BRIDGEPORT, July 15, 1864.
I received a dispatch from Brigadier-General Granger and one from Major-General Milroy that 2,800 rebels, with artillery, were crossing the river at Claysville, but not stating under whose command and what direction they were moving. If I receive the arms and ammunition as soon as possible, I can hold this post. If I should need any re-enforcements I will telegraph.
Colonel, Commanding Post.
HDQRS. MILITARY DIVISION OF THE MISSISSIPPI,
In the Field, near Chattahoochee River, July 15, 1864.
General JOHN E. SMITH,
The general will move forward some little distance to-morrow, but will be glad to see you. Your telegram has not been received, but that by courier came this noon.
L. M. DAYTON,
SPECIAL FIELD ORDERS,
HDQRS. FIFTEENTH ARMY CORPS,
Near Roswell Factory, Ga., Numbers 53.
July 15, 1864.
* * * * *
II. Brigadier General Charles R. Woods will assume command of the First Division during the temporary absence of Brigadier General P. J. Osterhaus.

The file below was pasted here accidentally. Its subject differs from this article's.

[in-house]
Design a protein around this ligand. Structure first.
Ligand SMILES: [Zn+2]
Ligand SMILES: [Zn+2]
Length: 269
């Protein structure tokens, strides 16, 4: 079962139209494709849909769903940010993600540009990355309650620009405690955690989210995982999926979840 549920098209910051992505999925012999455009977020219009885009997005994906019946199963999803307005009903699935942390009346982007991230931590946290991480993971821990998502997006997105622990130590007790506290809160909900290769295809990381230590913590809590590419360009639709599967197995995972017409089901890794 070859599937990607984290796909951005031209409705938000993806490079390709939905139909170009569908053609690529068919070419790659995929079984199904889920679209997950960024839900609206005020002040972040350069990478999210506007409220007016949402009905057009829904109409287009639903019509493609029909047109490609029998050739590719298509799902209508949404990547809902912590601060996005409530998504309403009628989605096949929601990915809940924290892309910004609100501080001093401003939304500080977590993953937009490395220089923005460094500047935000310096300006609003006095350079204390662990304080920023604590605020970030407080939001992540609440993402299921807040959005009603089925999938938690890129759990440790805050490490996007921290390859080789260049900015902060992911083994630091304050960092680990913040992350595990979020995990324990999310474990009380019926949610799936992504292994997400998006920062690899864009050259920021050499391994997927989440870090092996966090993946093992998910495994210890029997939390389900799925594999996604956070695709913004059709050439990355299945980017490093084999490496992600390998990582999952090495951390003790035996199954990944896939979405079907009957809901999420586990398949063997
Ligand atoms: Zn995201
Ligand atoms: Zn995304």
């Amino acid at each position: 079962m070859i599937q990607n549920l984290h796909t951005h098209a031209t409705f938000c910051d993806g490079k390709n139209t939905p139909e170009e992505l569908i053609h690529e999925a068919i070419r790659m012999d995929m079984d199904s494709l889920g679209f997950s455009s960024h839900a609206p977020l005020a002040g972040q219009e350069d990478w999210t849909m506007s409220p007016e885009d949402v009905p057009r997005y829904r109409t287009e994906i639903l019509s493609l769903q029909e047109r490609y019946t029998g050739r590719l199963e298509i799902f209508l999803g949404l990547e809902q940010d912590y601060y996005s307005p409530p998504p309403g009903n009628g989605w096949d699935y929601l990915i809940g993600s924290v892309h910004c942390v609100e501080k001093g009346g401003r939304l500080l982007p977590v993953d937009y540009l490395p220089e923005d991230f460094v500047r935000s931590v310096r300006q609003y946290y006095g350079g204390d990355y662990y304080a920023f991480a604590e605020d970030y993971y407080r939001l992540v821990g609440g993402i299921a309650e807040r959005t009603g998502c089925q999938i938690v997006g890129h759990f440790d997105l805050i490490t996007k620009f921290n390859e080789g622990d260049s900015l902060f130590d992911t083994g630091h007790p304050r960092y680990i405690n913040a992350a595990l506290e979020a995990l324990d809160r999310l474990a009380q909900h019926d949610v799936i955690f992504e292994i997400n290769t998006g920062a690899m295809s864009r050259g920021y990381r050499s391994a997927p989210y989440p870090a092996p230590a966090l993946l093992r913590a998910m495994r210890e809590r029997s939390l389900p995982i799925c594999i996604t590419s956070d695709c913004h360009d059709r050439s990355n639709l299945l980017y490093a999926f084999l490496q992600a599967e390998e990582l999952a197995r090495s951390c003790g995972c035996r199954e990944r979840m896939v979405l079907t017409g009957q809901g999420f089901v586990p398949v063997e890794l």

By order of Major General John A. Logan:
R. R. TOWNES,
CITY POINT, July 16, 1864-10 a. m.
The attempted invasion of Maryland having failed to give the enemy a firm foothold North, they are now returning, with possibly 25,000 troops. All the men they have here, beyond a sufficiently to hold their strong fortifications, will be an element of weakness to eat up their supplies. It is not improbable, therefore, that you will find in the next fortnight re-enforcements in your front to the number indicated above. I advise, therefore, that if you get to Atlanta you set about destroying the railroads as far to the east and south of you as possible; collect all the stores of the country for your own use, and select a point that you can hold until help can be had. I shall make a desperate effort to get a position here which will hold the enemy without the necessity of so many men. If successful, I can detach from here for other enterprises, looking as much to your assistance as anything else.
U. S. GRANT,